Why run?

There are a few reasons to run, but the most important one is:

You will feel, after running, different from how you feel at any other time in your life.

You may feel great, good, better, worse, or injured. But you will, with 99.9% certainty, feel something that you haven’t felt before. The particular effects will depend on your level of fitness, generally. If you haven’t tried running, you will need to go for a run in order to feel what I mean.

It is not the same as a tough bike ride. It is not the same as the feeling you get when you wrap-up an important project at work. It is physical, and it insists on being heard (felt). If you are stressed before your run, you will have a hard time remembering that stressed feeling after the run. It is transforming.

Some other reasons to run include:

  • You want to be able to eat whatever you want, whenever you want (running causes food to evaporate before it hits your tummy – this is something I know from my old biking days).
  • You want to add a little discipline to your life. There’s nothing like setting a concrete goal for getting you to stick with a routine. And, since most goal-oriented routines lead to some type of betterment, this is generally a good thing. (For the record, I once said to my now-wife, “You don’t train for a 5K. You just do a 5K.” Here I am four years later training for a 5K.)
  • You want to commune with nature.
  • You want an extremely portable hobby that you can take with you on every vacation (and use it to see large swaths of a foreign city before your significant other even wakes up, which is handy if you want to act like you know all the best places to go sight-seeing).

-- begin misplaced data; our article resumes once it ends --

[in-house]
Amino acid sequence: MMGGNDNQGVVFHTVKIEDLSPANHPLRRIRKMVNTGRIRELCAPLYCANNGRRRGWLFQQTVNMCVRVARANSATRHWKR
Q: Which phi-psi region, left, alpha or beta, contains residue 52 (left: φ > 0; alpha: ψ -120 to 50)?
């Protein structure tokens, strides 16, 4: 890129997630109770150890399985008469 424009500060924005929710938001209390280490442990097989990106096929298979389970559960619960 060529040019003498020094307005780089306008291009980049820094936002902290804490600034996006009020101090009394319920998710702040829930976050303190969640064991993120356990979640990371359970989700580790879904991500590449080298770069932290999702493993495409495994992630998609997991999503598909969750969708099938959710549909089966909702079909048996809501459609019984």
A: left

• You’ve set yourself an arbitrary goal of running a 5K in four weeks (well, mine is on August 27th – the Al Goldstein Speed Series 5K), and you don’t want to be embarrassed in front of your friends, who all seem to be accomplished marathon runners.

Finally, Zen Habits, in the article that actually inspired me to take up running recently (How to Go From Sedentary to Running in Five Steps) lists a reason:

You’ll eat better.

True – you will. While I’ve gone on and on about how you can eat whatever you want since it all just evaporates anyway, this guy says you will be inspired to eat better, simply because you will realize that trashy food does not provide good fuel for running. Trouble is, I did a running workout this morning, and I’ve been starving all day – and all we have is trashy food in the house.

I’ve picked and chosen from among the reasons above when deciding recently to take-up running and train for a 5K. In the end, who cares? I’ll be in great shape (with hopefully no injuries) and well on my way to getting back to a non-sedentary lifestyle.


The image of a twisted runner’s legs was released into the public domain by Fg2, and published on Wikimedia Commons. The image of a jumpber was released into the public domain by Wavertree, and published on Wikimedia Commons.